A long history of returns.
Investing isn't easy. Even Warren Buffett counsels that most investors should invest in a low-cost index like the S&P 500. That way, "you'll be buying into a wonderful industry, which in effect is all of American industry," he says.
But there are, of course, companies whose long-term fortunes differ substantially from the index. In this series, we look at how members of the S&P 500 have performed compared with the index itself.
Step on up, Clorox
Clorox shares have simply crushed the S&P 500 over the last three decades:
Source: S&P Capital IQ.
Since 1980, shares returned an average of 17.1% a year, compared with 11.1% a year for the S&P (both include dividends). That difference adds up fast. One thousand dollars invested in the S&P in 1980 would be worth $29,400 today. In Clorox, it'd be worth $158,400.
Dividends accounted for a lot of those gains. Compounded since 1980, dividends have made up 64% of Clorox's total returns. For the S&P, dividends account for 41.5% of total returns.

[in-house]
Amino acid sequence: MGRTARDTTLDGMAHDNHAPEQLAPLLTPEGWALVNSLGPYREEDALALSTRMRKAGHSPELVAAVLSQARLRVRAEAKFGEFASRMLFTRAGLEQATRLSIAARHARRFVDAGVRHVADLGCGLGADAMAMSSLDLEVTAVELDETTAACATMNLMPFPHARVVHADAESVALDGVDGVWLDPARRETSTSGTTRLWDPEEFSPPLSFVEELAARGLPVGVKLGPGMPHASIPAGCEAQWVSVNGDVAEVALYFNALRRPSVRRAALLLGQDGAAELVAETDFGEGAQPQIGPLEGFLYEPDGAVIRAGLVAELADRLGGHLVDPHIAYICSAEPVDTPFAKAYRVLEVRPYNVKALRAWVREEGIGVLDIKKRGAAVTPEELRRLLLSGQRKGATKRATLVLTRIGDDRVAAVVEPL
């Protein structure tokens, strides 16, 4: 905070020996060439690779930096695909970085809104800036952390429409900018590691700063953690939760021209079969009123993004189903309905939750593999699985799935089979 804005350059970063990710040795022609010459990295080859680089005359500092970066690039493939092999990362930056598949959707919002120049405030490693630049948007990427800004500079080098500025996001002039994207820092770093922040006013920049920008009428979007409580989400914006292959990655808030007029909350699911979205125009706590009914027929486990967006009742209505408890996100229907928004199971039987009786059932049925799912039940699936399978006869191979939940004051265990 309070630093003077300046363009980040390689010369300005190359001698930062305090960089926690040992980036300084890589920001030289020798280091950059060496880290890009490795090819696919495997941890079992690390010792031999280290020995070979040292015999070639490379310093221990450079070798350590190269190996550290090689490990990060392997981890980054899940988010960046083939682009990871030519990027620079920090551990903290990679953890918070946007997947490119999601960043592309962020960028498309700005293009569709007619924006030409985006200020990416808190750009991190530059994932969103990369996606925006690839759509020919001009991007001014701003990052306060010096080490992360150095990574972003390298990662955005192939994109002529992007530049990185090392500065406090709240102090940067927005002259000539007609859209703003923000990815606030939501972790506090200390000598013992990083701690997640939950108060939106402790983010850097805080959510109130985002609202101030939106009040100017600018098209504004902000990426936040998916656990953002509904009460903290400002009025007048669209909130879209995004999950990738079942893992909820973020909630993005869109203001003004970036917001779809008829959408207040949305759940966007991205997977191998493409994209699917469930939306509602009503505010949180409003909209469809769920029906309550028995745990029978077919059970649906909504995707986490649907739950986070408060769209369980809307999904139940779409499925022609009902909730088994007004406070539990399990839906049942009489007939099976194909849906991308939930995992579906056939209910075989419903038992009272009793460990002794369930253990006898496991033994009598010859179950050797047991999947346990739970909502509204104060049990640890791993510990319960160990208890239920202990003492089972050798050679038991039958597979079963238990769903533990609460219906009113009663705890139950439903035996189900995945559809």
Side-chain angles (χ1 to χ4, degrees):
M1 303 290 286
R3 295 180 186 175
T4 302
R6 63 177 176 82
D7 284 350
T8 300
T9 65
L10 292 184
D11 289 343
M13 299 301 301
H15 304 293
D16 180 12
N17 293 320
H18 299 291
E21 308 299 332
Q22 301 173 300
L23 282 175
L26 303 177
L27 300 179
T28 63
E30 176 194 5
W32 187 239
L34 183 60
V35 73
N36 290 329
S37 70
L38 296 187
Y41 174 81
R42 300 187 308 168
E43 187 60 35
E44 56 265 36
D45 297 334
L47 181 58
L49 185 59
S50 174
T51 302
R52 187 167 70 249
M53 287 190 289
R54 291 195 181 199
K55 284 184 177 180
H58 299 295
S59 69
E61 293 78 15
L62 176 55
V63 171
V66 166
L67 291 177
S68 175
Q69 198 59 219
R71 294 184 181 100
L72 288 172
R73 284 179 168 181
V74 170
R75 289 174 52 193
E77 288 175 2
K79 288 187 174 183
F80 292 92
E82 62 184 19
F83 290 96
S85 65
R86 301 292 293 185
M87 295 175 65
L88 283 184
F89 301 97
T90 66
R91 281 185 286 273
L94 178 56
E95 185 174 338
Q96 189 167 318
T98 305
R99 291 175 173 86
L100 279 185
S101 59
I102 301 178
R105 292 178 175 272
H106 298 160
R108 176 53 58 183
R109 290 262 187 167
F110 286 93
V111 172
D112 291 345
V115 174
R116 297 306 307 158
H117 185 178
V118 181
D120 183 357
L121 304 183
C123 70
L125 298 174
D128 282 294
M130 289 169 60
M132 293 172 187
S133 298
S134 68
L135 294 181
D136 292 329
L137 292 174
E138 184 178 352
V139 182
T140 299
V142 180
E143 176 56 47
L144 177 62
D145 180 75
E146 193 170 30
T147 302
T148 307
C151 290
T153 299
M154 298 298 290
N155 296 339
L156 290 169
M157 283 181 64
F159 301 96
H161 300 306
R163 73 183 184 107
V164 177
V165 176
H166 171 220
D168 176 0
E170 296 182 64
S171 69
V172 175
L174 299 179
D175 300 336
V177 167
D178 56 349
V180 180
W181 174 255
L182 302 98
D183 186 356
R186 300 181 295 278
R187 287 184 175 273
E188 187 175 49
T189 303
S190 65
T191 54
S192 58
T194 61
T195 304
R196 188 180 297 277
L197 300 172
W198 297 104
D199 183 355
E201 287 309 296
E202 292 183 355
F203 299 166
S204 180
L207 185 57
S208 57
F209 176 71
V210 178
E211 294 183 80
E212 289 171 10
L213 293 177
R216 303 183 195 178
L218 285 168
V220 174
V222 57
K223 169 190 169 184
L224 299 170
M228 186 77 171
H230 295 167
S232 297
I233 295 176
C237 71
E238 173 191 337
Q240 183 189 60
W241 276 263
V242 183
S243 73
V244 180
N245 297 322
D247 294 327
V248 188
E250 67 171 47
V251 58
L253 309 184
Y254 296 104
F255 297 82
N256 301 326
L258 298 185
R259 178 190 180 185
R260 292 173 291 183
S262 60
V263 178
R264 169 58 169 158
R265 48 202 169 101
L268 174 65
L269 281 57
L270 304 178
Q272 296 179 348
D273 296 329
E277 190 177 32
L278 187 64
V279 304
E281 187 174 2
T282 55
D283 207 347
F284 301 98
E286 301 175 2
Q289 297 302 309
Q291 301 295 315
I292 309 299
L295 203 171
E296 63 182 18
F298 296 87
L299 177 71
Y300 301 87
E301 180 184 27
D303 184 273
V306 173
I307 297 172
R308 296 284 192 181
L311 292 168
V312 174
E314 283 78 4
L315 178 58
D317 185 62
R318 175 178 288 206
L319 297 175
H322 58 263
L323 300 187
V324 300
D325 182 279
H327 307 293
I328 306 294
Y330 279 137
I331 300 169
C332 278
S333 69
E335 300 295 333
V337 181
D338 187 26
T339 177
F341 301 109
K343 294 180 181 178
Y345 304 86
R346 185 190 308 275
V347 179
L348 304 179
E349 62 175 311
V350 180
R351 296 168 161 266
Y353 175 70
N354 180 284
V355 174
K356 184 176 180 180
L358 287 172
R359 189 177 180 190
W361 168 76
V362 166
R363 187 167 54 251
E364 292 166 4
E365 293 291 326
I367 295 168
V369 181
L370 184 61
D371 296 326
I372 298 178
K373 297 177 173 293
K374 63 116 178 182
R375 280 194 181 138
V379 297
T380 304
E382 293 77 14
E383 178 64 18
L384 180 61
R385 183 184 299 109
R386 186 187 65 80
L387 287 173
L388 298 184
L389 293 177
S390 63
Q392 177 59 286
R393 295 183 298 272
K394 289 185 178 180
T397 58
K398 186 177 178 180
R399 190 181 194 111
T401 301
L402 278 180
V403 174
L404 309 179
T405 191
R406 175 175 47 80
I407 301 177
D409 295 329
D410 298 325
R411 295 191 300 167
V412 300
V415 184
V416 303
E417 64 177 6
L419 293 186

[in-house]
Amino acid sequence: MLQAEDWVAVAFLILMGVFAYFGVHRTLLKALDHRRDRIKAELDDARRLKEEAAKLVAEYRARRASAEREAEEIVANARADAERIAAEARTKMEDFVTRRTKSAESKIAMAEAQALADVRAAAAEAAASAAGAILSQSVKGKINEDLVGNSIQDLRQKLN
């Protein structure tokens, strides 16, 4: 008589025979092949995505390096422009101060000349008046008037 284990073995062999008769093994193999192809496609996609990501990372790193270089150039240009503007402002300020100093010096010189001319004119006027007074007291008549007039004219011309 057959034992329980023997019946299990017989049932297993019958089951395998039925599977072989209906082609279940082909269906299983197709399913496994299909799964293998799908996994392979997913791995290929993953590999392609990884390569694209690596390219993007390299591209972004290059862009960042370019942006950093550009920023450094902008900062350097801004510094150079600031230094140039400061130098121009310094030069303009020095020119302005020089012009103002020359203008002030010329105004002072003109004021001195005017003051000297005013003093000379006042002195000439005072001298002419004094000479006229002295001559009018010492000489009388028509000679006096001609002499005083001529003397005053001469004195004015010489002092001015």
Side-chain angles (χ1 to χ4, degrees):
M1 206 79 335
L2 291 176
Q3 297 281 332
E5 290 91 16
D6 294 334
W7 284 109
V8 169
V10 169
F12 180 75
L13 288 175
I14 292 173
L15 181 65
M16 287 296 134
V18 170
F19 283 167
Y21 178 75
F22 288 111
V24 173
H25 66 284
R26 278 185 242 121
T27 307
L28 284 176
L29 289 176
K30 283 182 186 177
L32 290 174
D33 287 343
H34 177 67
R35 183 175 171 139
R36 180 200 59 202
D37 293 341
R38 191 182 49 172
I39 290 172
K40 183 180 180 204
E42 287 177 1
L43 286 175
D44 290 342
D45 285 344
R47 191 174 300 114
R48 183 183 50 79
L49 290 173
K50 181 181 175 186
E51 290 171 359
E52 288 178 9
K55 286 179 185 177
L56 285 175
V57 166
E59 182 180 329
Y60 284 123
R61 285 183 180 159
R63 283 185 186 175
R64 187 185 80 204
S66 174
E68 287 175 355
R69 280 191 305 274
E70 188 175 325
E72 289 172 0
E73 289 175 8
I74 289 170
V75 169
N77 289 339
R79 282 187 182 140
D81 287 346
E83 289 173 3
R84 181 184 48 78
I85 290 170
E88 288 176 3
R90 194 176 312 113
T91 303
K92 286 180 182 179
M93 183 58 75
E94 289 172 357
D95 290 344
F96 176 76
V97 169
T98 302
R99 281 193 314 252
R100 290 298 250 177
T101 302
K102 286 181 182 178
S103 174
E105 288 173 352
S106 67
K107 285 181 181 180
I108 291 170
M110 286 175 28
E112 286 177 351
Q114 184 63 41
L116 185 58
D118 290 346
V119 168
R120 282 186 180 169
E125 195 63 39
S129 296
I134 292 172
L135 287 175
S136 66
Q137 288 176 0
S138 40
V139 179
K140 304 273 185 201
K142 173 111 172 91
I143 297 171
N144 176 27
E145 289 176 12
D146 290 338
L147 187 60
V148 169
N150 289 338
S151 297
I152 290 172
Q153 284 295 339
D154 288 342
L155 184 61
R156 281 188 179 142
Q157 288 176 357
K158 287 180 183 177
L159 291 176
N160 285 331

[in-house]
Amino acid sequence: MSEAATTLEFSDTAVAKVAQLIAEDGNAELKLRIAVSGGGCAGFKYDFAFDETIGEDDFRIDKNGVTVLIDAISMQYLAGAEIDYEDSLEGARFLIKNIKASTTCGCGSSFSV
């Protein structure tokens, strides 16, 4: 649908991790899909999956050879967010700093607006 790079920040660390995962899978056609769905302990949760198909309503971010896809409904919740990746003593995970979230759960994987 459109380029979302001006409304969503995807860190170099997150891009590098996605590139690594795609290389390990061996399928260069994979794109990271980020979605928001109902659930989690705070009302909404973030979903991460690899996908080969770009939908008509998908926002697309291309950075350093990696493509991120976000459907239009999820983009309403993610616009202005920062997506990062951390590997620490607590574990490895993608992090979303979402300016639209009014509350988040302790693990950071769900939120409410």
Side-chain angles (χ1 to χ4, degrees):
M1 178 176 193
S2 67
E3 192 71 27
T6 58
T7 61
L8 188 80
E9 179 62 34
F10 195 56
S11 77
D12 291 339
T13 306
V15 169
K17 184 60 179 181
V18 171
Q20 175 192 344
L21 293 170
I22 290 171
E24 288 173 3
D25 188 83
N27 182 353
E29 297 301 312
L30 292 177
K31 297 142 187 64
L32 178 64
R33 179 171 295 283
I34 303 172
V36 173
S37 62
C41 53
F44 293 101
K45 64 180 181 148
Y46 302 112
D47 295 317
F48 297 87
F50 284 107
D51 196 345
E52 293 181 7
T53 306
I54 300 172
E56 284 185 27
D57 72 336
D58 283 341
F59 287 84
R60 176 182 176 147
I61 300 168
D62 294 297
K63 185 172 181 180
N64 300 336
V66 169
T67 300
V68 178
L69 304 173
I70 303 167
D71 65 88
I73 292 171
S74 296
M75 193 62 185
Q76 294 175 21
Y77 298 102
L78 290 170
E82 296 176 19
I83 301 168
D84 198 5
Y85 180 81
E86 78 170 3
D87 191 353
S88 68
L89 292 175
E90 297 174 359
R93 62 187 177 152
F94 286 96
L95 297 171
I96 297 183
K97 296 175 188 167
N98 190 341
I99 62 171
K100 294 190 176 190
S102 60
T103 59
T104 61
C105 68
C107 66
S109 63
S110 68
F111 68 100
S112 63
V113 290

And now have a look at how Clorox's earnings compare with S&P 500 earnings:
Source: S&P Capital IQ.
Again, significant outperformance. Since 1995, Clorox's earnings per share have grown by an average of 8.4% a year, compared with 6% a year for the broader index. That's testament to the power of the company's brand, where most of its value lies. It also says a lot about how simple businesses like bleach often trounce "breakthrough" companies that investors chase.
Interestingly, that earnings-growth dynamic hasn't led to superior valuations. Clorox has traded for an average of 21.4 times earnings since 1980, compared with 21.3 times for the S&P.
Still, the company without a doubt has been an above-average performer historically.
The question is whether that can continue. That's where you come in. Our CAPS community currently ranks Clorox with a five-star rating (out of five). Do you disagree? Leave your thoughts in the comment section below, or add Clorox to My Watchlist.
Fool contributor Morgan Housel doesn't own shares in any of the companies mentioned in this article. Follow him on Twitter @TMFHousel. The Motley Fool has a disclosure policy. We Fools may not all hold the same opinions, but we all believe that considering a diverse range of insights makes us better investors. Try any of our Foolish newsletter services free for 30 days.